Why Chain Off Matters
An Animal Rights Article from All-Creatures.org


Tamira Thayne, Dogs Deserve Better (DDB)

"Dogs deserve better than life on a chain or in a pen. Bring 'em into the home and family."

I remember the moment eight years ago when I first thought of chaining myself to a doghouse. I was filled with a sense of rightness and excitement at the notion, yet fear and trepidation dogged my every mental step.

I tucked the idea away and ruminated.

The image wouldn't budge, however, no matter how often I told myself it was impossible, it would be too embarrassing, people would laugh, etc., etc., etc.

What would they think of me?

But in the end the fear and uncertainty didnít sway me from my vision. On July 3-4, 2004, I chained myself to a doghouse for the first time, facing my own inner demons about social acceptance and the prejudice of othersóothers who either chain their own dogs, love their own dogs but don't extend that compassion to others, or know in their guts that chaining is wrong but aren't willing to stand against it.

I chained myself to make a statement about chaining a dog for life.

I.e., it's morally wrong.

And, ethically indefensible.

It should be the same no-brainer for the "Absolutely Immoral List" as kicking a puppy or molesting a child.

Sticking a dog on a CHAIN despite the fact that he's the absolute most-social of animals, affixing him to a doghouse or tree, ignoring his pleas for help, and watching him die ten years later--a mere shell of the glorious creature he was intended to be--IS a criminal act.

Yet, inexplicably, it doesn't make the list for a large percentage of Americans.

I was raised on a 100-acre farm, and I grew up with a beagle chained to her doghouse behind the honeysuckle bush at the top of the lane. Granted, perhaps on the surface Maggie's lifelong chaining didn't top the list of abuses in my household, but looking back I can see that what we did to Maggie was absolutely WRONG.

I just didn't have the power to stop it.

But don't you see?


When enough of us burst forth from the fear bubble we've put ourselves in, we CAN make things right for America's chained dogs.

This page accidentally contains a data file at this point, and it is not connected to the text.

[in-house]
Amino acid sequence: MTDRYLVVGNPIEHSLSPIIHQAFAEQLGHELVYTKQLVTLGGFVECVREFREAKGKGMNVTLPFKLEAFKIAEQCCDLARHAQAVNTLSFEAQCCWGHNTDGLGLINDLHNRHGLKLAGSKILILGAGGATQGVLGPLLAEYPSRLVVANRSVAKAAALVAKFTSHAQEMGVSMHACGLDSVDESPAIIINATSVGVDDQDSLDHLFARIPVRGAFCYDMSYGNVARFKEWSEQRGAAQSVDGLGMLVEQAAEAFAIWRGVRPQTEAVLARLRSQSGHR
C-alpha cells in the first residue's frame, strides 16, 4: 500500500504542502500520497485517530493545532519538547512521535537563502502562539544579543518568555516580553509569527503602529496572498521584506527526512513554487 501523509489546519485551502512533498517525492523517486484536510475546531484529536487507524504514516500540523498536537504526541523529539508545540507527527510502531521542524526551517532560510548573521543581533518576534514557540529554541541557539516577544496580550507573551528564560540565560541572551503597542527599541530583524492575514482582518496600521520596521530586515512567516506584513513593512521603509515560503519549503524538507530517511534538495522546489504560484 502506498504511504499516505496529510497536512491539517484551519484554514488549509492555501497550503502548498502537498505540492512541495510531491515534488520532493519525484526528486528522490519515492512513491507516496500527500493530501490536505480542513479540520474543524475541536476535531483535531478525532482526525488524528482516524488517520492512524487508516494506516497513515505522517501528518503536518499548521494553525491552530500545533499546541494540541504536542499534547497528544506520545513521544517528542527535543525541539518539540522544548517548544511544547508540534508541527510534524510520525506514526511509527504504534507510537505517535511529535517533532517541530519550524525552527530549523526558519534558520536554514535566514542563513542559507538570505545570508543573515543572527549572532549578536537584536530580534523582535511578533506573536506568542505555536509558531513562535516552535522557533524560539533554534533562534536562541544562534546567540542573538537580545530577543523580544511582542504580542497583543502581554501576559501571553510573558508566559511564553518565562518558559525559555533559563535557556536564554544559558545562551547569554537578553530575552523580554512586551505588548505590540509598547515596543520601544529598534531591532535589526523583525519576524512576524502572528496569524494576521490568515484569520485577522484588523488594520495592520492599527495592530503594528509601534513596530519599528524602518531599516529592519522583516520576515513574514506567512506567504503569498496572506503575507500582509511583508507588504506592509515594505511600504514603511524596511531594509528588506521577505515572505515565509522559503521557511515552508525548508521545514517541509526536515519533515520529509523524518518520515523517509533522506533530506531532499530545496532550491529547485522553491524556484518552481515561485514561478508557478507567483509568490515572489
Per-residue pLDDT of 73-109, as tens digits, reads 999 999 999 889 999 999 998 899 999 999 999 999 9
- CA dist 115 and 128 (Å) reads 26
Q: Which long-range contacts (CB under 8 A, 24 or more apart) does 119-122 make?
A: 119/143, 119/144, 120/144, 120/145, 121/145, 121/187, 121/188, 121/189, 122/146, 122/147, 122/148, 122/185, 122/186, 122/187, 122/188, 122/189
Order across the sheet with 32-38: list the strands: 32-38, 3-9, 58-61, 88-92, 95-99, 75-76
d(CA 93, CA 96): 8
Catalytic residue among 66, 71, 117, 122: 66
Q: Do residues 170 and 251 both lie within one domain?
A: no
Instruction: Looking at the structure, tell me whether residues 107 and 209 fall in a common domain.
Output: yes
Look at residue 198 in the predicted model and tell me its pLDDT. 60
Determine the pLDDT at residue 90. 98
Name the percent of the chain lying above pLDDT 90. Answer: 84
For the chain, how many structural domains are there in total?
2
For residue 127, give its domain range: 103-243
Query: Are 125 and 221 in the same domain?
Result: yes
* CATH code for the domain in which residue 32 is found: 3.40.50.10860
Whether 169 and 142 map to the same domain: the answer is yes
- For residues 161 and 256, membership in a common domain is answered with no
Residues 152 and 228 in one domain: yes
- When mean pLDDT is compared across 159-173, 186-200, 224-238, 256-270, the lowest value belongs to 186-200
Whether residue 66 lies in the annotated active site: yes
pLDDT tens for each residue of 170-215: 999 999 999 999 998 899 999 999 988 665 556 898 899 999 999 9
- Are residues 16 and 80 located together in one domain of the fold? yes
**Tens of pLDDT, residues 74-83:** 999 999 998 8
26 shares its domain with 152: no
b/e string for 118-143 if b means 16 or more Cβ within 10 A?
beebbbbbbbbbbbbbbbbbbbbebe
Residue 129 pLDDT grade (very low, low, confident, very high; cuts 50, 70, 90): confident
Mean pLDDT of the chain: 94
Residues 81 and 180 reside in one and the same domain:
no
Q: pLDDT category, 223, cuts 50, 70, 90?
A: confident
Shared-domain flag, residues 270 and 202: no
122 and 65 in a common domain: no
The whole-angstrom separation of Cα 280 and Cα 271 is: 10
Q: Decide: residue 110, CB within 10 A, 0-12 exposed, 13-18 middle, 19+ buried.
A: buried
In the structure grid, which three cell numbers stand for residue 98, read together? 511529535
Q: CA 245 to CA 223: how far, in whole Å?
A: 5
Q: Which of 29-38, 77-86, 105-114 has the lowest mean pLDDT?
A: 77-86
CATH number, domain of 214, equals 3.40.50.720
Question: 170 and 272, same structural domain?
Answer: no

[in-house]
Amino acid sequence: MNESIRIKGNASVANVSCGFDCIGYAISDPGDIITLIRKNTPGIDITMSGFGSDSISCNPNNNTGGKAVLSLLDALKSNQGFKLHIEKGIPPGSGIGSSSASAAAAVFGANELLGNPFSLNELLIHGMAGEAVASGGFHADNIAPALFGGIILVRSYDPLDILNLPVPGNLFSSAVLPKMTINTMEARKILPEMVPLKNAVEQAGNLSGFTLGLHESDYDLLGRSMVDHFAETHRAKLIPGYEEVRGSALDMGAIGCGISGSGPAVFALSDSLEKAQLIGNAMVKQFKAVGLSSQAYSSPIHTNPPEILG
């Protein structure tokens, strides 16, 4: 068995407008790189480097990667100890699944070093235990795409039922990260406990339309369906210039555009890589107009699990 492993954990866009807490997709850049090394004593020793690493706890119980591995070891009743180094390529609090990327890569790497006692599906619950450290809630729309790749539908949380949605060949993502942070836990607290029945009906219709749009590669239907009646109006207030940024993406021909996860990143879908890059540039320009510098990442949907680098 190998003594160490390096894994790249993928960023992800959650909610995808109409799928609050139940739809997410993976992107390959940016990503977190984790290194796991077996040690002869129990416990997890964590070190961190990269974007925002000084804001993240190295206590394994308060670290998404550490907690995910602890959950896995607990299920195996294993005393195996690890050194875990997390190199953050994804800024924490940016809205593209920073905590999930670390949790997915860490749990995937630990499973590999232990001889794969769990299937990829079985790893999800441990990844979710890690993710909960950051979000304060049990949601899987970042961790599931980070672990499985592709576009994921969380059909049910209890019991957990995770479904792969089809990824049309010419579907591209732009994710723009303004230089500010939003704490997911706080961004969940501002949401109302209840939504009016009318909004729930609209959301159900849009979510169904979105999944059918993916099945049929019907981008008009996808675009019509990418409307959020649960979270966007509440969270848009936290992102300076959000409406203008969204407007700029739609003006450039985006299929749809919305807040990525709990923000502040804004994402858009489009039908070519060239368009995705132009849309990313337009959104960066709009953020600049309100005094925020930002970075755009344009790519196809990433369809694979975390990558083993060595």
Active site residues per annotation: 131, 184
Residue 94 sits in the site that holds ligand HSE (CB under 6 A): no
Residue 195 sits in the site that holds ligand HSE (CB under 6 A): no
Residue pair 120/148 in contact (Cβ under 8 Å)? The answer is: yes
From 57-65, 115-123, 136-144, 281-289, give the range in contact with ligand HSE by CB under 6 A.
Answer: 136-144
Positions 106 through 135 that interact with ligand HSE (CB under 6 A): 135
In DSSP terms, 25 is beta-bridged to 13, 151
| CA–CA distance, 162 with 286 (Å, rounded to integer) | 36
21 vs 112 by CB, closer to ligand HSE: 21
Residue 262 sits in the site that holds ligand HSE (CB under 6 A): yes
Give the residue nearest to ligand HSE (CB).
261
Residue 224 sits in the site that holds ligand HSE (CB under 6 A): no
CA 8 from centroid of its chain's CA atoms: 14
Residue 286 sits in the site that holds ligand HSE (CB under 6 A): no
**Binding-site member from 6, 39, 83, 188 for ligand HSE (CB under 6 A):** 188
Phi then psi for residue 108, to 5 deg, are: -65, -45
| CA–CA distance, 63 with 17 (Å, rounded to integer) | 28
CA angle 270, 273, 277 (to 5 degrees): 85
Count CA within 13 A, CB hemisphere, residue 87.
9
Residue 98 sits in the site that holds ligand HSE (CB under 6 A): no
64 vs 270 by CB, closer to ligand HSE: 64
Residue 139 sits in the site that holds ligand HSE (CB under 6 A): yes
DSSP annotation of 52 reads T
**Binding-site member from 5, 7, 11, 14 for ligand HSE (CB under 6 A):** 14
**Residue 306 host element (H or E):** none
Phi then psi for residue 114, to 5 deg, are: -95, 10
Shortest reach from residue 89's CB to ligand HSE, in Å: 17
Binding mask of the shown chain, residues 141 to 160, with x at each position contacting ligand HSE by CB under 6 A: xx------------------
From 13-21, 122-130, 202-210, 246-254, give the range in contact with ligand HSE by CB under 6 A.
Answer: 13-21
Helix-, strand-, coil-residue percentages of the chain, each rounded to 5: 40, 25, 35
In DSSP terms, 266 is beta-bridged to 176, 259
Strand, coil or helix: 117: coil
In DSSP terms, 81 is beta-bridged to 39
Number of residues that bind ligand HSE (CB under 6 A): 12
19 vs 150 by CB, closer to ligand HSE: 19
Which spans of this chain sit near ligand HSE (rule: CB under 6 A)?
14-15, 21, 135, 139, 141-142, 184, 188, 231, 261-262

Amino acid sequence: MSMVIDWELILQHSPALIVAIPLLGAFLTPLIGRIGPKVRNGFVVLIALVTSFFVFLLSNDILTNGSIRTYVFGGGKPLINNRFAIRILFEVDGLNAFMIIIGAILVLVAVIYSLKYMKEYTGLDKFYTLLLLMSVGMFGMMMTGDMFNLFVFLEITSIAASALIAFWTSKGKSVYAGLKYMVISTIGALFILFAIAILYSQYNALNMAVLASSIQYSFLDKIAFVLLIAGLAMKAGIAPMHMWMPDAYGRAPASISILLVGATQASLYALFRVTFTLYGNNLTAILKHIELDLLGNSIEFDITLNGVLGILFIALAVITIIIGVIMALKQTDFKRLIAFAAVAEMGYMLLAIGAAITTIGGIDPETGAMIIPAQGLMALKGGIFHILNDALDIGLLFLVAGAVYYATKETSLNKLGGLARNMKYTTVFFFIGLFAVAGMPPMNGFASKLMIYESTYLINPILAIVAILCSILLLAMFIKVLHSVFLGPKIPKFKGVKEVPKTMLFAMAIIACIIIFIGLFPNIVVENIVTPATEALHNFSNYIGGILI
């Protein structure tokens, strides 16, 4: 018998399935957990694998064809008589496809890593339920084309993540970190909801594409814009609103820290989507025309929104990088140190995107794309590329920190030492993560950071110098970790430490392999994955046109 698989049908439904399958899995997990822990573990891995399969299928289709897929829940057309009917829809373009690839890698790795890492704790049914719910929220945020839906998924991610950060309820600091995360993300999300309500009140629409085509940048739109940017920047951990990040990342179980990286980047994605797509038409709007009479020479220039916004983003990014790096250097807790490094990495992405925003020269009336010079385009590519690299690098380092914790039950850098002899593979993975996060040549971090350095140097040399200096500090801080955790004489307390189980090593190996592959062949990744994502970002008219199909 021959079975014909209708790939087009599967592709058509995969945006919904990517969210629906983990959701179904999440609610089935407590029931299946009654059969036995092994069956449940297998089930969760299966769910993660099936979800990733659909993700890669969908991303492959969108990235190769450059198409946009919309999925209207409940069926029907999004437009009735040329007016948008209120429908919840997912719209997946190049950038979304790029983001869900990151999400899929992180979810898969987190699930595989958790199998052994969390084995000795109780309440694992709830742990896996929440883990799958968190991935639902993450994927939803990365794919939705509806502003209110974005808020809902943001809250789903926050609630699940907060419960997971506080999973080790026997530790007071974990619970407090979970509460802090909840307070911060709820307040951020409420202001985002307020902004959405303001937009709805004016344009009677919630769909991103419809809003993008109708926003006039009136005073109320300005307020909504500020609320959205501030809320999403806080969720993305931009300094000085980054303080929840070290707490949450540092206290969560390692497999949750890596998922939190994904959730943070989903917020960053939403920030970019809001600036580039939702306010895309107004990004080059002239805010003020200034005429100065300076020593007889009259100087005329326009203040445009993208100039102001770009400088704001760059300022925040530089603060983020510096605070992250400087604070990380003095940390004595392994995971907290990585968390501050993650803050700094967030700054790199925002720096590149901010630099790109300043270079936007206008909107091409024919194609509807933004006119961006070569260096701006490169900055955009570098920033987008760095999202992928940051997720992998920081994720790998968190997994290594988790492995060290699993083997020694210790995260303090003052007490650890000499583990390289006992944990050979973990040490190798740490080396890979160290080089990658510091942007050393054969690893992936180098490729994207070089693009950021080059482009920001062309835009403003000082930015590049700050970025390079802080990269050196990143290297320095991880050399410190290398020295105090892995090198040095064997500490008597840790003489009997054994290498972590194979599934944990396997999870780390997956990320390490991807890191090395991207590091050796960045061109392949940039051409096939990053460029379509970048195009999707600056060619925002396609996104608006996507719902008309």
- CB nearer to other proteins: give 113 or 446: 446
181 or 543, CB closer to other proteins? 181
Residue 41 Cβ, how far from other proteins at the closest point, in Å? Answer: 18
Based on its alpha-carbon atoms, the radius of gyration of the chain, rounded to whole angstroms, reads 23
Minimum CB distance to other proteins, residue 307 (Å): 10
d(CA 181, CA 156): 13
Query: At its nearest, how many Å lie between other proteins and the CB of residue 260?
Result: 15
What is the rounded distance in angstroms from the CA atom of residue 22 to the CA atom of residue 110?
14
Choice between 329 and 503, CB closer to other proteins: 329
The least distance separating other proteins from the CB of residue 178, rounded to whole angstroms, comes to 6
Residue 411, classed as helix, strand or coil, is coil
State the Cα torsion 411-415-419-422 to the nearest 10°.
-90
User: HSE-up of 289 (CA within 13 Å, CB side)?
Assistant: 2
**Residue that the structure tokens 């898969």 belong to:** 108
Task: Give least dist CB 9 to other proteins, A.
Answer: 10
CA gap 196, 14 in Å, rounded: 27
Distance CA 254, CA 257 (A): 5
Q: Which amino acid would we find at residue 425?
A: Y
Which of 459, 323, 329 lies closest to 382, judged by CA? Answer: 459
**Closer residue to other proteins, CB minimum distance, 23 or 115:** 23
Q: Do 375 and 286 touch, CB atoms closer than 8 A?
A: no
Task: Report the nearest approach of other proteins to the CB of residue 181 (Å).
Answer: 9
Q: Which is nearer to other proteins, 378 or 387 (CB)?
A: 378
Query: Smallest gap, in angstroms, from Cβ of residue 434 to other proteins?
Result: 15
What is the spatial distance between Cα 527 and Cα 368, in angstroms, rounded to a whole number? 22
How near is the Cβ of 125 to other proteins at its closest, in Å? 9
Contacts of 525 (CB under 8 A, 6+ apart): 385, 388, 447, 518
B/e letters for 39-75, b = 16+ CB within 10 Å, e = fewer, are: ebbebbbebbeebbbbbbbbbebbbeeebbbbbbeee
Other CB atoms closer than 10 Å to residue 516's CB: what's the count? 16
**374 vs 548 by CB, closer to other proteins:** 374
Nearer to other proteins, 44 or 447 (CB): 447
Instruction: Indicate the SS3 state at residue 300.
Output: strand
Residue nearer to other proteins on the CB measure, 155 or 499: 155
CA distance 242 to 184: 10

This IS a no-brainer, but we have to be willing to stop tolerating the abuse.

Are we ready yet? Will you work with me to put an end to the abuse?

When I take my place in front of my doghouse on the hot and humid grass of an Alachua, Florida shopping center this July 3rd, it will be my seventh year living chained for 24 hours or longer--suffering one day in comparison to their 365.

Iíve yet to die of embarrassment for doing it. When I spend those 24 miserable hours chained on behalf of chained dogs, what I'm doing matters to me, and it matters to the world we live in--a world which needs to see people strong enough in their belief of the wrongness of an action that they are willing to look stupid on behalf of a creature who has no voice. I'm depriving myself of comfort, adequate food, enough water, a nice soft bed, and protection from the elements because I know that they DO DESERVE BETTER.

Please join me in chaining yourself for them, or in supporting our Chain Off fundraising efforts so we may continue to be their voice.

When you see your dog on the couch tonight, give him or her a hug. And realize, no matter purebred or mutt, there are thousands more dogs who look just like yours living chained at this very moment, needing someone to be a voice for them.

Will you be that voice?

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